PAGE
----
Batting during twilight and spotting a not-so pronounced seam of pink ball when wrist spinners put in the revolutions are some of the technical concerns for Bangladesh coach Russell Domingo ahead of his team's first-ever day-night Test against India at the Eden Gardens from November 22.
Domingo was the South Africa coach when they played Australia in a Day-Night Test in 2016 and is aware of some practical difficulties that his current team might face.
"It's a difficult ball to see when you are batting particularly in the phase between sunset and dark (twilight). Guys struggle against wrist spinners because it is difficult to see the seam as it is not pronounced like red ball with white seam (stiches)," Domingo said when asked about the challenges.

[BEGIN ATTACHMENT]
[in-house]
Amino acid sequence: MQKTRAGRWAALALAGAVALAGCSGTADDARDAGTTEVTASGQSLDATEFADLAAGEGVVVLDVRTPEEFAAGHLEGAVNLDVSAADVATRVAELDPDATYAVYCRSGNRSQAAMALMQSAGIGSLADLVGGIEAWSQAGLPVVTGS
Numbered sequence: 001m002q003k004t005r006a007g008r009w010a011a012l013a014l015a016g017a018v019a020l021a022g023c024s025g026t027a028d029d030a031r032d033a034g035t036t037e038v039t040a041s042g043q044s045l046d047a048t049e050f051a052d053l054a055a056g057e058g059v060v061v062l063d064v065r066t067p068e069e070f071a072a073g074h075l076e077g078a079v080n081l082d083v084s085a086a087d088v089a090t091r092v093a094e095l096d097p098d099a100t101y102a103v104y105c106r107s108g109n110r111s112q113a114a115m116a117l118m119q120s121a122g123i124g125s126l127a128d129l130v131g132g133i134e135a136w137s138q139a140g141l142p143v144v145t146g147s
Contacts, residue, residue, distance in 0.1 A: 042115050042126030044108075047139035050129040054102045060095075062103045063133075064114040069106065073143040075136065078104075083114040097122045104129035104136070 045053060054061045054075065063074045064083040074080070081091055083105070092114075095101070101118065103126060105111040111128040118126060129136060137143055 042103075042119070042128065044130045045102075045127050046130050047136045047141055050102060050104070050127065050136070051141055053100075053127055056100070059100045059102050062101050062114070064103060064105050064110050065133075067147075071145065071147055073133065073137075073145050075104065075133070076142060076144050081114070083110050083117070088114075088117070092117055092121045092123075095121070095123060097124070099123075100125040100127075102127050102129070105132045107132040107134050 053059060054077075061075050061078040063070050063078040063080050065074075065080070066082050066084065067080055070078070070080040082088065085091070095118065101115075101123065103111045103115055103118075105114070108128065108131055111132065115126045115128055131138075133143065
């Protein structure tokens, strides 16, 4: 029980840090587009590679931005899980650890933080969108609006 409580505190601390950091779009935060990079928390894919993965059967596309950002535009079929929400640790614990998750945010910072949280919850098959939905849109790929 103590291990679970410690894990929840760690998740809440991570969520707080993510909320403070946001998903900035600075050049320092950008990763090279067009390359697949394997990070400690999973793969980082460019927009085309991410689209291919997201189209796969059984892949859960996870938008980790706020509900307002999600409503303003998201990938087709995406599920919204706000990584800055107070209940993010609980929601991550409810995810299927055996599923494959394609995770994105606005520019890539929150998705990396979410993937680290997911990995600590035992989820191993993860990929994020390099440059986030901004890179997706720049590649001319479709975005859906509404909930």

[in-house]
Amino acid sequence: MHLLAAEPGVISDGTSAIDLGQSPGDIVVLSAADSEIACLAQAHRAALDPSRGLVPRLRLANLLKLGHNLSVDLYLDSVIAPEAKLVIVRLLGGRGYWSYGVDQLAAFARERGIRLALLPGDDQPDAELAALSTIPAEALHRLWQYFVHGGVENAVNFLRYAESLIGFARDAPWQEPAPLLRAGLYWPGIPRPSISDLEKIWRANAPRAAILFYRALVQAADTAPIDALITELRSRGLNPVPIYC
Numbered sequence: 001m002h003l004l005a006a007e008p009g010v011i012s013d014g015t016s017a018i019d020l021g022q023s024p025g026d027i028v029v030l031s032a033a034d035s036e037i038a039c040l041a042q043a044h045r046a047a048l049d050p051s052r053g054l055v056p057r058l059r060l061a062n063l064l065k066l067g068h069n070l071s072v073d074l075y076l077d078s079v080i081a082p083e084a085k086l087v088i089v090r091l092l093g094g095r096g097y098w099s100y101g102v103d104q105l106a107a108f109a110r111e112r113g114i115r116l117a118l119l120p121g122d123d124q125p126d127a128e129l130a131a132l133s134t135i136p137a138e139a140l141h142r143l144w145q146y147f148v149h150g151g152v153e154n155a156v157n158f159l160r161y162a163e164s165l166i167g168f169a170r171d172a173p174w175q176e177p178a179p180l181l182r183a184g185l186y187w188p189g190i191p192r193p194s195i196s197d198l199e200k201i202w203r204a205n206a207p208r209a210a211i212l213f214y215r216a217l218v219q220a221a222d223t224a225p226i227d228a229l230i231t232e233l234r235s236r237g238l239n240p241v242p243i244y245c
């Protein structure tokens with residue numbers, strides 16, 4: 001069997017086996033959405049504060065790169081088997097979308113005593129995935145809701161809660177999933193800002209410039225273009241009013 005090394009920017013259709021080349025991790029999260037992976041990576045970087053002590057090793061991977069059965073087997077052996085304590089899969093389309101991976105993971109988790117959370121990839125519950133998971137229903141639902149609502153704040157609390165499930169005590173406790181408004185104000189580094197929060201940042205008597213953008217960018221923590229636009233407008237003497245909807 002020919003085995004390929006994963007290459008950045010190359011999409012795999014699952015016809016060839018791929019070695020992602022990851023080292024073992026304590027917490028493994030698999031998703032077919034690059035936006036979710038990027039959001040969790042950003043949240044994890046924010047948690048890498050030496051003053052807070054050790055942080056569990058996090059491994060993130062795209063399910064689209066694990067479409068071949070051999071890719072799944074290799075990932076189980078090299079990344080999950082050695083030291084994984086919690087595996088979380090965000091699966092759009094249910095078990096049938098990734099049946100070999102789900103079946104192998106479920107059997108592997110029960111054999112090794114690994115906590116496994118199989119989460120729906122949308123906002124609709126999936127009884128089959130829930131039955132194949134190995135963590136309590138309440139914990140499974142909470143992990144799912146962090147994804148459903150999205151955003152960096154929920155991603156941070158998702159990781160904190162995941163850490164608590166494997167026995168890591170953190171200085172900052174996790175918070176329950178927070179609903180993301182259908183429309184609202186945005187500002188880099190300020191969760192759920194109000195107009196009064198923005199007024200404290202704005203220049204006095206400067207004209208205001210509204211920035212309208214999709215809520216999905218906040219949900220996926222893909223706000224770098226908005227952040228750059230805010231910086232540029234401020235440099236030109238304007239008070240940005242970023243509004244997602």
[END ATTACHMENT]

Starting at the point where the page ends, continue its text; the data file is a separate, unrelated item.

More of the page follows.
Cheteshwar Pujara too said pink ball could pose some problems during the twilight period.
"In the twilight period, I feel that maybe, sighting the ball could be a little challenging. (But) the more you play, you get used to it. It's always about experience and knowing how the ball is behaving," India's ever-dependable No 3 told PTI in an interview earlier in the day.
Another issued with the pink ball is that it gets scuffed up easily, said Domingo.
"The ball used to flake a lot easier. It gets softer and breaks up a little more. It does shape and swing for 10-12 overs and then it starts to lose that," Domingo said.
The Bangladesh coach is concerned that his team didn't even get to play a practice game with the pink ball.
"There is a concern with three days between two Test matches here. We have just got two practice days. So there's not a lot of time to prepare with it. I suppose it's the same for India. But it is a challenge that we are facing."
A practice match would have been ideal preparation, said the former Proteas coach.
"It would have been great to have played a two-day game with the pink ball. When I was with South Africa, we played a two-day game before playing the day-night Test in Adelaide.
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